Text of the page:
The Three False Equivalencies of Anti-Fandom

(1) The False Equivalency of Representation

Even if a fanfic has hundreds of thousands of views and thousands of kudos, it is never going to achieve the same level of cultural impact as big-budget mainstream media. No matter how much wholesome fic you write about Finn, it is not going to be the same as John Boyega’s face on every movie screen everywhere in the world.

(2) The False Equivalency of “They’re Just Fictional Characters”

Because “positive representation” isn’t really a valid concern with fanwork (although, in a collective sense, it absolutely can be, but that’s a different conversation), it doesn’t matter whether your fic or art is about Naruto kissing Sakura or Naruto kissing Sasuke. In fact, those three names are probably nothing more than nonsense words to 99.999% of people on this earth. It also doesn’t matter if you, as some rando on the internet, get off (for whatever reason) on the idea of Sasuke forcing himself on Naruto, Sakura, or both at the same time. They’re just fictional characters, and it does not matter to the broader culture. What does matter is if systematic structures of inequality and discrimination are uncritically reproduced in the fictional texts embraced by fandom without commentary. It’s therefore a false equivalency to put “I don’t like this m/m ship” on the same level of critique as “I don’t like how the source text marginalizes female characters.”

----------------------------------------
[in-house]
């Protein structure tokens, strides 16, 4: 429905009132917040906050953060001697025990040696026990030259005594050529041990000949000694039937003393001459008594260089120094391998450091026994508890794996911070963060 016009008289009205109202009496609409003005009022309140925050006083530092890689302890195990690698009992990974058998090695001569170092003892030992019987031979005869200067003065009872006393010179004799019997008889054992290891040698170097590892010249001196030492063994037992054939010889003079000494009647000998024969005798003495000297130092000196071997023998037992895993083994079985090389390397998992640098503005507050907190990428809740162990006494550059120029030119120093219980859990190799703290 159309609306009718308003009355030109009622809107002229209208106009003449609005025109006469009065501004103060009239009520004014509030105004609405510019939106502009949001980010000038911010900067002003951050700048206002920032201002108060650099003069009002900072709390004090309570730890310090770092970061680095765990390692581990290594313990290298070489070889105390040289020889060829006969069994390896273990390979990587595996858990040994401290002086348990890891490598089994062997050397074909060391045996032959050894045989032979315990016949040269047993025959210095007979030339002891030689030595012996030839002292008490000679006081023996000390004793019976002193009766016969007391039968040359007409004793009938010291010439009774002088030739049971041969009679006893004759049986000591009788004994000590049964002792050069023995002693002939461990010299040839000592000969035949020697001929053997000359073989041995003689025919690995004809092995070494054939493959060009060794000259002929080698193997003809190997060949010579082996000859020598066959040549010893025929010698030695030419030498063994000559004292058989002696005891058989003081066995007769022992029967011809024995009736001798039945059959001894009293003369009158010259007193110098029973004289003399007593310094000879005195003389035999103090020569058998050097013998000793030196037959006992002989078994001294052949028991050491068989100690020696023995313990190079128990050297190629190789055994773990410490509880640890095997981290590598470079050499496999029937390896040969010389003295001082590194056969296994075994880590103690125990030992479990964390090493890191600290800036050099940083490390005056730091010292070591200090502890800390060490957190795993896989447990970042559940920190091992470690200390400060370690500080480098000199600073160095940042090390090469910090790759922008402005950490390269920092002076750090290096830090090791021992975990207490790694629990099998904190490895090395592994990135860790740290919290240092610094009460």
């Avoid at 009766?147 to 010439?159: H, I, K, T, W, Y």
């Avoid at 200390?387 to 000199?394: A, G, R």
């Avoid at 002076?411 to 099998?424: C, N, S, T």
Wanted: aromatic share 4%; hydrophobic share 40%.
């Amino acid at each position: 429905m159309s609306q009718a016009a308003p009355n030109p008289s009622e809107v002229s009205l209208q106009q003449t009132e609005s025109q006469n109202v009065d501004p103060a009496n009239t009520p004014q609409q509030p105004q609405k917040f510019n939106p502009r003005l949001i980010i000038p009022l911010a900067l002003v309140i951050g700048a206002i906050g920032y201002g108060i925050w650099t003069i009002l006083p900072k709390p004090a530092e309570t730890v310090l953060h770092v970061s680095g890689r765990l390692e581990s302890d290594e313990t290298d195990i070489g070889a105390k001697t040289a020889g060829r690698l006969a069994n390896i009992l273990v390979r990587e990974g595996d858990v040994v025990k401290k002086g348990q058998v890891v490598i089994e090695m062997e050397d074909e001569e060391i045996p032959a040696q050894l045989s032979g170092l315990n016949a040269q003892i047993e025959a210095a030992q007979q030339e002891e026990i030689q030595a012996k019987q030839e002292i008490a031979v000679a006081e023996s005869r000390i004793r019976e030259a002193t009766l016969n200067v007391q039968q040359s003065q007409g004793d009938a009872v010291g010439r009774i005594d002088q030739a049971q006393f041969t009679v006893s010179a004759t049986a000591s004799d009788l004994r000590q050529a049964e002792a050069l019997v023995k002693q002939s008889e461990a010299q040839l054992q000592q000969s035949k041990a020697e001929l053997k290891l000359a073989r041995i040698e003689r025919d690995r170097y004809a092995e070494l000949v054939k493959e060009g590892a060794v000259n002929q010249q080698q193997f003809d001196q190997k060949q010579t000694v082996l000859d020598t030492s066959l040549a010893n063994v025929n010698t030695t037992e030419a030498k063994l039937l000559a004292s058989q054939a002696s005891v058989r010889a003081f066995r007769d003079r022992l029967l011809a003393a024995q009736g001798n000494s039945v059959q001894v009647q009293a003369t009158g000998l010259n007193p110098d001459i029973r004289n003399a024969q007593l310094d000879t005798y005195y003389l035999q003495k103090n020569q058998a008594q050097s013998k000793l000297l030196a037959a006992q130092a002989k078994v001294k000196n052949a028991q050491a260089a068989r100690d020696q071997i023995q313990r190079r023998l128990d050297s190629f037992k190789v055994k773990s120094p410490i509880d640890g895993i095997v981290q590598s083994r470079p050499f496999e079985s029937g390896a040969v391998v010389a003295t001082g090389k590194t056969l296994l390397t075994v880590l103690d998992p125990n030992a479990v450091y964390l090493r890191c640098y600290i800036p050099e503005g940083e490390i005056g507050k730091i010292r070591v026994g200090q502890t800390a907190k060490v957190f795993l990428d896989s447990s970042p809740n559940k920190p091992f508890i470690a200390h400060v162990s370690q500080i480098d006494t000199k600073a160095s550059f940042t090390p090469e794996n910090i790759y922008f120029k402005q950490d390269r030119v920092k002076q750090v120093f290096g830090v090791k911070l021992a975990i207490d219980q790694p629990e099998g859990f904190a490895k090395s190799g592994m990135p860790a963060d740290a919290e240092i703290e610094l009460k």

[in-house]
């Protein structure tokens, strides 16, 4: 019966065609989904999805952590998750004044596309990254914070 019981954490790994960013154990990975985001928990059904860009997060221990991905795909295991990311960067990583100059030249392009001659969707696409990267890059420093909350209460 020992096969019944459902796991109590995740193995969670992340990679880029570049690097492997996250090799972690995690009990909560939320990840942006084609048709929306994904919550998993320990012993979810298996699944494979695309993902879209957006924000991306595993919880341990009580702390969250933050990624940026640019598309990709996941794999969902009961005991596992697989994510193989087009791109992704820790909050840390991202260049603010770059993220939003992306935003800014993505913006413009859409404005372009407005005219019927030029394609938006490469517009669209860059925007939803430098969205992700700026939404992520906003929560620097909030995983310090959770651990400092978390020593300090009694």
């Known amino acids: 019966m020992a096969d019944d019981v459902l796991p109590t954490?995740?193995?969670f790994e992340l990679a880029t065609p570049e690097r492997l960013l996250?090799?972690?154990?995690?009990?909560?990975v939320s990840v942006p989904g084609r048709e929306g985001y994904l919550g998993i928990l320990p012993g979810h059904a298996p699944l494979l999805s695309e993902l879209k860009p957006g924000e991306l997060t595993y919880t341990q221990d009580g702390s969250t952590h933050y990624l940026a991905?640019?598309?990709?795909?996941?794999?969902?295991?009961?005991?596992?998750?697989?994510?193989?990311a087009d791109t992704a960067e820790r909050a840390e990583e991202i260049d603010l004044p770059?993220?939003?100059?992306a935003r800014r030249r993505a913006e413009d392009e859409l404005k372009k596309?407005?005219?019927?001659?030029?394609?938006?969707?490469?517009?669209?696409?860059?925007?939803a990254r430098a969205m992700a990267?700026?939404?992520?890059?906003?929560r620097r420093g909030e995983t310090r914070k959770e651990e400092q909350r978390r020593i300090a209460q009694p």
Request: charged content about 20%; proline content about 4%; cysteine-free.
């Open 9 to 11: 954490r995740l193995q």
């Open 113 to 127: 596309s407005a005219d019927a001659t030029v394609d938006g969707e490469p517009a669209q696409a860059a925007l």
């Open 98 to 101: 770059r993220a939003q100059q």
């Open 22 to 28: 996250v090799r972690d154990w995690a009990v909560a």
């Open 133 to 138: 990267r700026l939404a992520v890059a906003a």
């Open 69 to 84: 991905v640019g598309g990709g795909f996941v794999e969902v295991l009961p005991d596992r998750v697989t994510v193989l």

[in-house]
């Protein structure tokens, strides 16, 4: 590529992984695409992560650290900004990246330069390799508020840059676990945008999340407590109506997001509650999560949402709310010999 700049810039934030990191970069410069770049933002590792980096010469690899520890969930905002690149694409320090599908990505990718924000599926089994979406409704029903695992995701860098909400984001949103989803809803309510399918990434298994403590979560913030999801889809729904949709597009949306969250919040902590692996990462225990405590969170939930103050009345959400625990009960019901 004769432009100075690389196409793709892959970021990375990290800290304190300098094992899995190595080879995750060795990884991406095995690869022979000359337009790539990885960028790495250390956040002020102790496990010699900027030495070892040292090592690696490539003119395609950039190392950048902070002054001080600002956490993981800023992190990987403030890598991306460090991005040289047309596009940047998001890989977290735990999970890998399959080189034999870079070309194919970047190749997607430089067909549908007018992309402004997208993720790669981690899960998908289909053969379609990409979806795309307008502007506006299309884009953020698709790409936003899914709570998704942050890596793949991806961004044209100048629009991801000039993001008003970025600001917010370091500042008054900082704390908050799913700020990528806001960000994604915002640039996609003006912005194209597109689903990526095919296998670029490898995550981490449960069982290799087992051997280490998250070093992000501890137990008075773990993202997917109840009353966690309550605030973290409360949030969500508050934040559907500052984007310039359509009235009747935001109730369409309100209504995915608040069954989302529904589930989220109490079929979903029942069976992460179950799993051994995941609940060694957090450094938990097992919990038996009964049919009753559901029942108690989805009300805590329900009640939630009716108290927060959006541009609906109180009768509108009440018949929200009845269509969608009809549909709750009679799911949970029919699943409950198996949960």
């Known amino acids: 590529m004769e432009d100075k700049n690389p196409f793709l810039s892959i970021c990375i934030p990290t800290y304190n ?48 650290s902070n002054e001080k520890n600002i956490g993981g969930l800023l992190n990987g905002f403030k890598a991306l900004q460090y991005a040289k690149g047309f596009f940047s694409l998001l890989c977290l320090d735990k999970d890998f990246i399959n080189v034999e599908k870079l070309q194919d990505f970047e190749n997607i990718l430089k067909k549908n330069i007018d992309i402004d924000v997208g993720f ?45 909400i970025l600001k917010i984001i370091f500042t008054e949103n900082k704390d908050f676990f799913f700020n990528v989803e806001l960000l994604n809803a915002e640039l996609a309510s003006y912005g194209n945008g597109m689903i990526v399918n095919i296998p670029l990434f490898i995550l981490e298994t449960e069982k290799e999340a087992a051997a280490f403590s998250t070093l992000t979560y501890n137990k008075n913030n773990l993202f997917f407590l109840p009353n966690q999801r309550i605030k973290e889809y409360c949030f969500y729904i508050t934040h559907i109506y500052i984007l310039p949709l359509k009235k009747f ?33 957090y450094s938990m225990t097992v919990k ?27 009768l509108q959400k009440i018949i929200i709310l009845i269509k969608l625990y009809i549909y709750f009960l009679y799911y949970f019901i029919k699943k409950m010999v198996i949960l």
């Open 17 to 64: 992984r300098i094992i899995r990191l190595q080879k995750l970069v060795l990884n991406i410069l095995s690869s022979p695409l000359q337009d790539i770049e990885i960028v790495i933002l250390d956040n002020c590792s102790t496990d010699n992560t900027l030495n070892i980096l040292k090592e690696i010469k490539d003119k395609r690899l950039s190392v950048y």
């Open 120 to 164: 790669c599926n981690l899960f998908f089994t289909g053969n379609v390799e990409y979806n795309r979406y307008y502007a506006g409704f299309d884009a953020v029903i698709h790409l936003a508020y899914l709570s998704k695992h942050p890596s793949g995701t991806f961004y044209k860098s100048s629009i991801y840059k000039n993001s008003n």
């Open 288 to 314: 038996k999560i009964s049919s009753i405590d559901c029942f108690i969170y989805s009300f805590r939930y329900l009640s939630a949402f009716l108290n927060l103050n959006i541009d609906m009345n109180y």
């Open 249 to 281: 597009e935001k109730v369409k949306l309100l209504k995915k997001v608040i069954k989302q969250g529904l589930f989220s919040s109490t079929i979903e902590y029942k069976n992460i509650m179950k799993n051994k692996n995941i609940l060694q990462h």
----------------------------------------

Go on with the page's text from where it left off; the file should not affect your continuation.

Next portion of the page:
(3) The False Equivalency of GO OUTSIDE

Saying “I don’t like a particular m/m ship” is not only fine, it’s par for the course in fandom. Saying “I don’t like how the source text marginalizes female characters” is also fine, and we could probably use more of that sort of thing in fandom, to be honest. Someone writing about the details of their disappointment regarding a work of fiction is also fine. It’s okay to not like things! What is not okay is sending death and rape threats, accusing people of pedophilia, finding someone’s personal information and threatening to contact their family or employer, and doing things like creating a [username]gokillyourself account on AO3 in order to leave comments containing concrete instructions on how to commit suicide. It is a very clear false equivalency to suggest that expressing a negative opinion about a fictional character is “just as bad” as harassing an actual human being.